Some people of the ‘do-gooder’ liberal brigade are of course railing against the opt-out law, like for example an over-educated village idiot columnist of the Sunday Telegraph, who in one of his diatribes some months ago, denigrated it on the basis that organ donation should always be a ‘gift’ – ignoring the indisputable fact that the deceased isn’t in any position to make such a gift (and when the relatives can and do scotch it anyway), while the only person who ’can’ actually make such an organ gift is a living person [and each year in the UK more than 1000 of these generous brave healthy people do so – most commonly a kidney (as we have two), but sometimes liver (‘part’) as it can regenerate itself within 6 months in both the donor and the recipient.

In the UK it is a punishable legal requirement for ALL individuals to register to vote as well as for every householder to also to annually respond to a household enquiry form that checks the right people are registered to vote. Surely it should therefore be quite simple for the law to be changed so that ALL competent adult individuals register their decision on organ transplant (Opt-In, Opt-Out, Deemed-Consent), and that to be legally enforceable to prevent it being overridden by well-meaning but misguided relatives, wouldn’t you think?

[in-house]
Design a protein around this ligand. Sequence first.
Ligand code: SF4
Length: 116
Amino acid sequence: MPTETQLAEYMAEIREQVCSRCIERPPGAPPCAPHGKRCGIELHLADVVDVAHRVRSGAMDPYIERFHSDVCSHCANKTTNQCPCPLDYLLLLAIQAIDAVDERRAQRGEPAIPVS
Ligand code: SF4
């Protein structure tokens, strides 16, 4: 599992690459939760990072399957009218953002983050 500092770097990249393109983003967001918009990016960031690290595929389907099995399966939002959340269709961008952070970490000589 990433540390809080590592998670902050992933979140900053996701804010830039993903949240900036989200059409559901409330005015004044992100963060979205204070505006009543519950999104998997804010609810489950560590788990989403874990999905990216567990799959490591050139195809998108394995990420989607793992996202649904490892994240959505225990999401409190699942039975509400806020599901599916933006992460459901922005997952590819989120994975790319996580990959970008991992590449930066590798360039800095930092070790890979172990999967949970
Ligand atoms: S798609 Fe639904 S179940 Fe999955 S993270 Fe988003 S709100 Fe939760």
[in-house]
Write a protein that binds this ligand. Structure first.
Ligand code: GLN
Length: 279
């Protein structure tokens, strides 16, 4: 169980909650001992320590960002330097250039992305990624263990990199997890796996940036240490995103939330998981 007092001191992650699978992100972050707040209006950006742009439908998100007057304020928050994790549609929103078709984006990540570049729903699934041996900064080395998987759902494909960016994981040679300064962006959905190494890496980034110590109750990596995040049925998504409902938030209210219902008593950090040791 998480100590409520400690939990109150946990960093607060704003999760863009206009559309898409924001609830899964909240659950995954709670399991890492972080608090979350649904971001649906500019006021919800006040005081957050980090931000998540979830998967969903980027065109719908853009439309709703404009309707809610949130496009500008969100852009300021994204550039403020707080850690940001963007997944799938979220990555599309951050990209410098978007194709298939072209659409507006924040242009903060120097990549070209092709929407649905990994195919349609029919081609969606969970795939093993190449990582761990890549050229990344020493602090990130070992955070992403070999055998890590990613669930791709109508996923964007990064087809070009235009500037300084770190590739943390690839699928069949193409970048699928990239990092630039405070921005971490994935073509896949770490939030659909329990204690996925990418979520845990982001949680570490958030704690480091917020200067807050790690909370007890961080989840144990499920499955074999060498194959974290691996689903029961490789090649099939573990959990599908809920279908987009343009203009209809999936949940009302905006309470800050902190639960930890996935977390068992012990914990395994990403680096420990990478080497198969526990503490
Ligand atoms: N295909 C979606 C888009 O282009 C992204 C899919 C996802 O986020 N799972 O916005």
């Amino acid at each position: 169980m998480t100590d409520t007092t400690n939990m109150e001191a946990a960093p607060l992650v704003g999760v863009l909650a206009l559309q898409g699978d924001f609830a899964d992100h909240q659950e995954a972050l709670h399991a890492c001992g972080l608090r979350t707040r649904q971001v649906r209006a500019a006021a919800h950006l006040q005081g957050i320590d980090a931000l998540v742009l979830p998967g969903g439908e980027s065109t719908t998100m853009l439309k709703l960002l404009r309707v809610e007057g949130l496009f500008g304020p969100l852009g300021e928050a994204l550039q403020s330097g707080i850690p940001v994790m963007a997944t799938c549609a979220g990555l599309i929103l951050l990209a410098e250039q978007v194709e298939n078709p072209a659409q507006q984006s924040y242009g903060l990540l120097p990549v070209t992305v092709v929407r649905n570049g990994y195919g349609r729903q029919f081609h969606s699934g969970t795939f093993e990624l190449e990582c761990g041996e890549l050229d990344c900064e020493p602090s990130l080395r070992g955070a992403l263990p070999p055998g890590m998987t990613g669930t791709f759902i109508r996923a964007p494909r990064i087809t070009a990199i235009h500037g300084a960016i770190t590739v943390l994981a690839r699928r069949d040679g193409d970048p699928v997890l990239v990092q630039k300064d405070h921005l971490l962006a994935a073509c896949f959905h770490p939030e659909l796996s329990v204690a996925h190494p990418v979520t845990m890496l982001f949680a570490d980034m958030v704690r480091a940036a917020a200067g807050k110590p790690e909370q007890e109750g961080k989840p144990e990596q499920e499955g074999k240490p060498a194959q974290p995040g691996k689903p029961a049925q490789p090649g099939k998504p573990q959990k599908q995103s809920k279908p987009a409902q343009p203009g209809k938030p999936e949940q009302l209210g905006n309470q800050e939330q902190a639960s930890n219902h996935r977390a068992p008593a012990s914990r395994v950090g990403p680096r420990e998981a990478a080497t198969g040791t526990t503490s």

It is worth remembering that while relatives may be over-sensitive about invasion of the body, no one has any say if a Coroner decides on the need for an autopsy because that is the law – and you can’t get more invasive than that, can you? Also, it is the law that the dead person must be buried or cremated – either way, their reusable organs will simply rot away or be incinerated – what a waste when these organs can save someone’s life and where is human compassion here?


[The first answer to organ donation has to be that the deceased person’s wishes should be respected and not overridden by their next of kin – that is what the law need to be NOW, and as the population become more accustomed to transplants, they will gain widespread acceptance as a common-sense ‘normal’ event]